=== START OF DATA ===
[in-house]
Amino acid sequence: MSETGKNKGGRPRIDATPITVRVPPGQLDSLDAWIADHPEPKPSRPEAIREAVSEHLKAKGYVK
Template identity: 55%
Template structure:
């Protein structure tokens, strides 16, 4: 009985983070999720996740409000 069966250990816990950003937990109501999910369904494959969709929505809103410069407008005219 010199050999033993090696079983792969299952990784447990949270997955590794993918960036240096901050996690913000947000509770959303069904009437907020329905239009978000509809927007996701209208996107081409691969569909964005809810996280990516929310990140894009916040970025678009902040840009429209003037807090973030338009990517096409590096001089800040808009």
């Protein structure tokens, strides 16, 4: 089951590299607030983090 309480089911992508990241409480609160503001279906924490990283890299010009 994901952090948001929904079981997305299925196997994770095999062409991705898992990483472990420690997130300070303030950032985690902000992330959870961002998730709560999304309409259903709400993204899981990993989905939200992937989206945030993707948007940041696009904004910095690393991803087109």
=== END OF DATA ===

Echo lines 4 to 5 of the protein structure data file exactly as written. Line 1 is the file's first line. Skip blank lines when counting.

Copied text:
Template structure:
């Protein structure tokens, strides 16, 4: 009985983070999720996740409000 069966250990816990950003937990109501999910369904494959969709929505809103410069407008005219 010199050999033993090696079983792969299952990784447990949270997955590794993918960036240096901050996690913000947000509770959303069904009437907020329905239009978000509809927007996701209208996107081409691969569909964005809810996280990516929310990140894009916040970025678009902040840009429209003037807090973030338009990517096409590096001089800040808009």